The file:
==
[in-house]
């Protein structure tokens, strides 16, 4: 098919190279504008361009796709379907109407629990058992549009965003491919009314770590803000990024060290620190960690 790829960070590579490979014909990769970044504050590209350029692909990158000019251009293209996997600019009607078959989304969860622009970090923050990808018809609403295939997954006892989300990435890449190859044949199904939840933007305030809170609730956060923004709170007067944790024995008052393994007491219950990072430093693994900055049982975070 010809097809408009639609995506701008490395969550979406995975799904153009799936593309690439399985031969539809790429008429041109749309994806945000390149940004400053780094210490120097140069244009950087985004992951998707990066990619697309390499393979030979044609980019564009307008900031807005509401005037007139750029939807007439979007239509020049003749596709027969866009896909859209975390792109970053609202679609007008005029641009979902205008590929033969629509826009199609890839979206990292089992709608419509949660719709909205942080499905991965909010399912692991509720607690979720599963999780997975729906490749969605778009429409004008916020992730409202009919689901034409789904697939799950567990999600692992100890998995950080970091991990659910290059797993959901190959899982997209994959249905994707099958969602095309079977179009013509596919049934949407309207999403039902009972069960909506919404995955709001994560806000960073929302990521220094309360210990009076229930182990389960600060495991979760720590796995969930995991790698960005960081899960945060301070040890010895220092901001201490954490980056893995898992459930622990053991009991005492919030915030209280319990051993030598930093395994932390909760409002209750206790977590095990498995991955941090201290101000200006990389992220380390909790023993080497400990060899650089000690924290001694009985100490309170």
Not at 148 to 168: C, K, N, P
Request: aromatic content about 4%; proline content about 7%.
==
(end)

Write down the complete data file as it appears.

[in-house]
């Protein structure tokens, strides 16, 4: 098919190279504008361009796709379907109407629990058992549009965003491919009314770590803000990024060290620190960690 790829960070590579490979014909990769970044504050590209350029692909990158000019251009293209996997600019009607078959989304969860622009970090923050990808018809609403295939997954006892989300990435890449190859044949199904939840933007305030809170609730956060923004709170007067944790024995008052393994007491219950990072430093693994900055049982975070 010809097809408009639609995506701008490395969550979406995975799904153009799936593309690439399985031969539809790429008429041109749309994806945000390149940004400053780094210490120097140069244009950087985004992951998707990066990619697309390499393979030979044609980019564009307008900031807005509401005037007139750029939807007439979007239509020049003749596709027969866009896909859209975390792109970053609202679609007008005029641009979902205008590929033969629509826009199609890839979206990292089992709608419509949660719709909205942080499905991965909010399912692991509720607690979720599963999780997975729906490749969605778009429409004008916020992730409202009919689901034409789904697939799950567990999600692992100890998995950080970091991990659910290059797993959901190959899982997209994959249905994707099958969602095309079977179009013509596919049934949407309207999403039902009972069960909506919404995955709001994560806000960073929302990521220094309360210990009076229930182990389960600060495991979760720590796995969930995991790698960005960081899960945060301070040890010895220092901001201490954490980056893995898992459930622990053991009991005492919030915030209280319990051993030598930093395994932390909760409002209750206790977590095990498995991955941090201290101000200006990389992220380390909790023993080497400990060899650089000690924290001694009985100490309170």
Not at 148 to 168: C, K, N, P
Request: aromatic content about 4%; proline content about 7%.